"Fireproof" is the story of two strangers living in the same house. And they're married. The metaphor of firefighters "never leaving their partner behind" fits perfectly. Caleb (Kirk Cameron) is a fireman married to Catherine (Erin Bethea) for seven years, and their relationship is in serious trouble. On fire. In a bad way.
Caleb, although a heroic lifesaver, isn't terribly heroic in his marriage. He and Catherine have separate schedules, separate bank accounts, separate lives, and Caleb has become demanding and selfish. And if that weren't bad enough, he's addicted to internet porn and Catherine knows it. She tells her mother how humiliating it is and asks: "Since when did I stop being good enough for him?" She confronts Caleb more than once about it, to no avail. Although the problem of internet porn doesn't take over the story, it's a huge hurdle for the relationship. We are shown discreetly and effectively how tempting, easy and available internet porn is, and how radical a cure is sometimes called for.
Catherine is first to throw in the towel. Both have a good sense of their self-worth, so neither is going to let the other trample over them. They are well-matched for the battle that lies ahead, although they continue to live together for practical reasons. The fights, the hurt, the lack of respect--all rings painfully true. There are literally millions of marriages in this very predicament right now. It is truly hopeless, even when Caleb starts to change, because Caleb's heart isn't in his "changes" and Catherine can feel it. Catherine also misinterprets his every out-of-character move (with the "help" of some well-meaning gal pals). Caleb is being coached by his Dad, who sends him a forty-day "Love Dare" book with daily instructions on how to woo his wife back (something that saved his own marriage), but more importantly, these daily instructions are about how to transform himself into the man and husband he needs to be permanently. Is nothing Catherine's fault? Basically, no, except the fact that she takes up with a doctor at the hospital where she works, while still married to Caleb.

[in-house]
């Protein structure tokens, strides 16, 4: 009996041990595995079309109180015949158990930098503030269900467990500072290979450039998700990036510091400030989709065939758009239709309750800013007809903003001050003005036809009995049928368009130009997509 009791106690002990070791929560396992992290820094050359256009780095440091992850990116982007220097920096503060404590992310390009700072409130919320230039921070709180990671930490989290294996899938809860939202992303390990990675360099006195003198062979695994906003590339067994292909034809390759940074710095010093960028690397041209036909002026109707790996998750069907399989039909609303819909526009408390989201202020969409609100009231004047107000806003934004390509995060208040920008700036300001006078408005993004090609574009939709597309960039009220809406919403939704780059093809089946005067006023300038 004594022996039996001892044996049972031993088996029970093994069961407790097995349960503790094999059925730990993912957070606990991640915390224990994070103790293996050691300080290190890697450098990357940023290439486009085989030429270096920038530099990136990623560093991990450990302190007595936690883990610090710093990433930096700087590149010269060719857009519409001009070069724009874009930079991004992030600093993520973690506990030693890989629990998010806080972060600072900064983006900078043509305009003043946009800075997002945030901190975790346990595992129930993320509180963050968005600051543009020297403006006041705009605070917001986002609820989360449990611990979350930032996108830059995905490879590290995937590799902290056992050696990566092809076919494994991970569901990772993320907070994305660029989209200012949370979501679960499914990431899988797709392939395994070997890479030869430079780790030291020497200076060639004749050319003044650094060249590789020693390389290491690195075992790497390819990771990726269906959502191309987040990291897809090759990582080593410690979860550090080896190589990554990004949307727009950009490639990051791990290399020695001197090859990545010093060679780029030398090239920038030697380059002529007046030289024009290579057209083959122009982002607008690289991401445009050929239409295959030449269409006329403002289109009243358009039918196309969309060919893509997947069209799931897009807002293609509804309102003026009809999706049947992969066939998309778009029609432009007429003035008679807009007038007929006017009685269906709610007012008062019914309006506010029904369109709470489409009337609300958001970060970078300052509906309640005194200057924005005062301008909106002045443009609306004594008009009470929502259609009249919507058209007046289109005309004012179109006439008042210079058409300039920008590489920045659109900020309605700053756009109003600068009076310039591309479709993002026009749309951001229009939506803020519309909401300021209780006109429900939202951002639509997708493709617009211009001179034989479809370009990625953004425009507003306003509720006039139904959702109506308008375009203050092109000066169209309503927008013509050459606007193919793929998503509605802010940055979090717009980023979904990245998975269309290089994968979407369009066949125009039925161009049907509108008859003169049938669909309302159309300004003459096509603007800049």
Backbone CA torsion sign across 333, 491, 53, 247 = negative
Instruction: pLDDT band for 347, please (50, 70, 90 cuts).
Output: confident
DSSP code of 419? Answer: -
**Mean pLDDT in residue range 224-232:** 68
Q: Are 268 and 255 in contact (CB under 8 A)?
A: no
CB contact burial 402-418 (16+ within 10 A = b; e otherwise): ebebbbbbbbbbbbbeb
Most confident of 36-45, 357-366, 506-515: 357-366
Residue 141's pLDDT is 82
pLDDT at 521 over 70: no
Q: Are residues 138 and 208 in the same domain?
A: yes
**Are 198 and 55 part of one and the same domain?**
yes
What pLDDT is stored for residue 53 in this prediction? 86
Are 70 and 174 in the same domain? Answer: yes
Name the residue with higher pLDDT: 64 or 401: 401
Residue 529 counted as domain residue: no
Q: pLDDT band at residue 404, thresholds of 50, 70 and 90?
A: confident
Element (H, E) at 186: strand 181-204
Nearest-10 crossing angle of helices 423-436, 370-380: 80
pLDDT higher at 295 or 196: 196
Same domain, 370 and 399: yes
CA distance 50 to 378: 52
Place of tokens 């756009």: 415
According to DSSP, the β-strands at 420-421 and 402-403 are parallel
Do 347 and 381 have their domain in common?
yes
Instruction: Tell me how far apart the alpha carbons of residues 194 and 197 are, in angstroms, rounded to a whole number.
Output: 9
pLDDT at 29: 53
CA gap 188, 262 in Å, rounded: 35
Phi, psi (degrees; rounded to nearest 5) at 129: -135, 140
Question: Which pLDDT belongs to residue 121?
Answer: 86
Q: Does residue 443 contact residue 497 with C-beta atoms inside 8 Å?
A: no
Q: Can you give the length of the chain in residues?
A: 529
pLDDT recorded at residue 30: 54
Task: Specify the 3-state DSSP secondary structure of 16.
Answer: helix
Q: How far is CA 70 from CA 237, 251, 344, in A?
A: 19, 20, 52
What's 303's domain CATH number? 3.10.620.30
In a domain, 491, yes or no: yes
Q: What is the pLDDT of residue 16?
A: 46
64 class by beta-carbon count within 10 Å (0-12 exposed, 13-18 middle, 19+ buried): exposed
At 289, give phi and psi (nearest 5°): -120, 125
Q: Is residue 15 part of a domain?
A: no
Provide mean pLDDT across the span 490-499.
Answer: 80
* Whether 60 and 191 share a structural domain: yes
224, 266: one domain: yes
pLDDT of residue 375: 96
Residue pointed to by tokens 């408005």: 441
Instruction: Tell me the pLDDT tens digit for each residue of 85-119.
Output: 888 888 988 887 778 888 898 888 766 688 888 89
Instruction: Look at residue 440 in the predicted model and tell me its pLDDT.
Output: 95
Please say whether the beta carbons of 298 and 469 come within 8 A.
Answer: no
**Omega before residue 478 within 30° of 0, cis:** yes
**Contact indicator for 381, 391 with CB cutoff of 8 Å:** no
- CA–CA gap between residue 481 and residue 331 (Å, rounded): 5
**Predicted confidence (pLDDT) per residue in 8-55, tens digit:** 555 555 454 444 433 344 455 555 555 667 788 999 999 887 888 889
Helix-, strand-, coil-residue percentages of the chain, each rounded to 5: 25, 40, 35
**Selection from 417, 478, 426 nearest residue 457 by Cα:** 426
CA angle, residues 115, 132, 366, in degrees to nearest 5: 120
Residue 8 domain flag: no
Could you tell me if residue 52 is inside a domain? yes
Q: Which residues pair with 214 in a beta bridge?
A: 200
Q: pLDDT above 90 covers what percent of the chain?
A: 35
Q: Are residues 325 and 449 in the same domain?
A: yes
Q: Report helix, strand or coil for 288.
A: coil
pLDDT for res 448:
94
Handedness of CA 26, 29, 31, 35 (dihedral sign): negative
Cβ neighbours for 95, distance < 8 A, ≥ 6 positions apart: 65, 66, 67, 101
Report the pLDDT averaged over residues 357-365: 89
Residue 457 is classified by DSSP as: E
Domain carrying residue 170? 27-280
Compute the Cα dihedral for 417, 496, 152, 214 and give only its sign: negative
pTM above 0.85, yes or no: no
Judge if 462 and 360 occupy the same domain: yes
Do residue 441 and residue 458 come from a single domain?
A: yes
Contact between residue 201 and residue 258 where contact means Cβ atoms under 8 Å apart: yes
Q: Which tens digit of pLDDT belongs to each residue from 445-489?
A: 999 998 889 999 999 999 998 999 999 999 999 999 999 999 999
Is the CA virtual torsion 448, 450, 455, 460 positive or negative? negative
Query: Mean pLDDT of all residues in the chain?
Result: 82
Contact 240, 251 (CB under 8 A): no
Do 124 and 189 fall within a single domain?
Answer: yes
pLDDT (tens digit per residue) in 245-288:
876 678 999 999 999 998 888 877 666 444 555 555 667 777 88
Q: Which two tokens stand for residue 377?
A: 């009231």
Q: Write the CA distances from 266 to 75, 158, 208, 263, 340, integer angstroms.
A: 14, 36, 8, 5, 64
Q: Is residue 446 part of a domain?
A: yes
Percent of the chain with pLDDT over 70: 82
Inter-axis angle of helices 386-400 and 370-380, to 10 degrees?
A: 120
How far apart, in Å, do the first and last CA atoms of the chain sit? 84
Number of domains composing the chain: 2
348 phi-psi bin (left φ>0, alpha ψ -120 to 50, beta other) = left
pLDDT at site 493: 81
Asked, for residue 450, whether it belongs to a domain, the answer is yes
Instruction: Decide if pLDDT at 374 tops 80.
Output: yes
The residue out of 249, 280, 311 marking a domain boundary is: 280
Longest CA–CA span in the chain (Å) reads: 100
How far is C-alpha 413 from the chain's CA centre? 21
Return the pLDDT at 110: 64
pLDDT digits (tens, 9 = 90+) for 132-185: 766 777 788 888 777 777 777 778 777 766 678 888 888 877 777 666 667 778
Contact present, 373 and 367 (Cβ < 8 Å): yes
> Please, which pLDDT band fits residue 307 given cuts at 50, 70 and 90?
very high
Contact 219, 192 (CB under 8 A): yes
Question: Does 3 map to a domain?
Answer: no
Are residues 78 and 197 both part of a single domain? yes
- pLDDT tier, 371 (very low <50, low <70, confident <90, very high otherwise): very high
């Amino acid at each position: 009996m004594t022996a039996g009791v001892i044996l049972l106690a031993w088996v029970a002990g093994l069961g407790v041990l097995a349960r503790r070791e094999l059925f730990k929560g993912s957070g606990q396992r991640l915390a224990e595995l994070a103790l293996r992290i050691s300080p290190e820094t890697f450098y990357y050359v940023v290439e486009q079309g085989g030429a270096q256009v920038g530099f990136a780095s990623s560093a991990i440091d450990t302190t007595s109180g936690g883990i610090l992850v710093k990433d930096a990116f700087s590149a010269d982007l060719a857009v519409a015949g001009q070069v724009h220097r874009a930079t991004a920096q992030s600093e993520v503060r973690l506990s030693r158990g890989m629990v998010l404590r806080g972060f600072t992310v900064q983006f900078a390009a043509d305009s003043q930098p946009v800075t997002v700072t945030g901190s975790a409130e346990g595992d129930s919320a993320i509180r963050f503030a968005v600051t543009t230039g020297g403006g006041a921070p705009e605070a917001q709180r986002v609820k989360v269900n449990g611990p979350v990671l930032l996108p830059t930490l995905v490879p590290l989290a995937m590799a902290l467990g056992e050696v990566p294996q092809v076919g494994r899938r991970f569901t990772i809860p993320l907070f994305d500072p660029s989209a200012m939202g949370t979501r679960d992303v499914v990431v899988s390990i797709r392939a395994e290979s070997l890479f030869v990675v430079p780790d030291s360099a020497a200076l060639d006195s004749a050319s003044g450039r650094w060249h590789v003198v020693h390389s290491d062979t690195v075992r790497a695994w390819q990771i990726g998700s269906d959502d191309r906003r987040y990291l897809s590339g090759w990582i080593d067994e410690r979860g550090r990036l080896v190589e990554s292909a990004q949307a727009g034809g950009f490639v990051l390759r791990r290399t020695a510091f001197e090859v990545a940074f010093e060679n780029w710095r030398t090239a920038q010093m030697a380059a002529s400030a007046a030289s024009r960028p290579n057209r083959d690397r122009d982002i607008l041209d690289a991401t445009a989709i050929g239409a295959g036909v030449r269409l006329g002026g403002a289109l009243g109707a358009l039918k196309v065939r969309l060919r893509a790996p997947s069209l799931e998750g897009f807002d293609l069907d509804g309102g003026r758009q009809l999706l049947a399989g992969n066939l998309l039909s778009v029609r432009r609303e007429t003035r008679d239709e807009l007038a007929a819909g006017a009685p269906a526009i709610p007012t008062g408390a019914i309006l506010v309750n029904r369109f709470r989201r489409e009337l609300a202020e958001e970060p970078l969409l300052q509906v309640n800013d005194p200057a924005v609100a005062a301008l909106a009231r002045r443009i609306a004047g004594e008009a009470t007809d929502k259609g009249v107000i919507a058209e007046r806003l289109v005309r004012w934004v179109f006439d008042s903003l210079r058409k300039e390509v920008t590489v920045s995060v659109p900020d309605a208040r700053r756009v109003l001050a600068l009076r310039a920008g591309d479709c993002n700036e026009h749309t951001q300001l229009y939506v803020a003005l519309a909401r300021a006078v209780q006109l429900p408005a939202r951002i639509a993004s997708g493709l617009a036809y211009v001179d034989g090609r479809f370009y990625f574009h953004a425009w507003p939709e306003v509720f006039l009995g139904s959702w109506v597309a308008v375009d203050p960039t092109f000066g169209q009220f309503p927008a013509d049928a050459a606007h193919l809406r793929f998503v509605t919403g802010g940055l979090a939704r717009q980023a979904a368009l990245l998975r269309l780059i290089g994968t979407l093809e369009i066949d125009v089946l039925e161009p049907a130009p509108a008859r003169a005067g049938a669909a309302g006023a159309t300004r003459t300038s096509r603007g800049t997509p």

"Fireproof" screams that working at a marriage—especially one on the rocks—is very, very hard work that takes lots of time and patience. But the film also provides a roadmap that either a husband or wife can use. And of course, everyone is going to want this book tie-in! Actually, there are two books: "Love Dare" and "Fireproof: the Novel." www.fireproofmymarriage.com offers lots of resources for home, school and church. (I'm surprised the classic "His Needs, Her Needs" wasn't listed.)
Theology of the Body (John Paul II) enthusiasts will be delighted by this film. Without explicitly saying it, the film revolves around a key TOB passage, Ephesians 5. Marriage between a man and woman has a direct correlation to Christ and the Church.
When push literally comes to shove, there's no way around God. When Caleb tries to justify himself as a "good person" to his father, his father simply asks him, but do you love God, the God who gave you life? Whoa. Thank God for these fearless filmmaking Christians who are getting better and better at bringing the Good News to the screen. For every ninety-nine scoffers, there will be one who hears the message of salvation loud and clear. And repents. And the angels shall dance and rejoice.
This scene of Caleb with his Dad is really the crux of the whole film. And it involves a big crux (you'll get it when you see the film). And I just have to quote Dad here: "God's standards are so high that He considers anger to be murder and lust to be adultery." Whoa again. I would put it a different way and say simply that our interior life is as real as our exterior life. It's not so much "God's standards" as "simple reality." To paraphrase Jack Nicholson: "Can you handle reality?" Lots of great advice and wisdom in this film: "You can't just follow your heart. Your heart can be deceived. You have to lead your heart."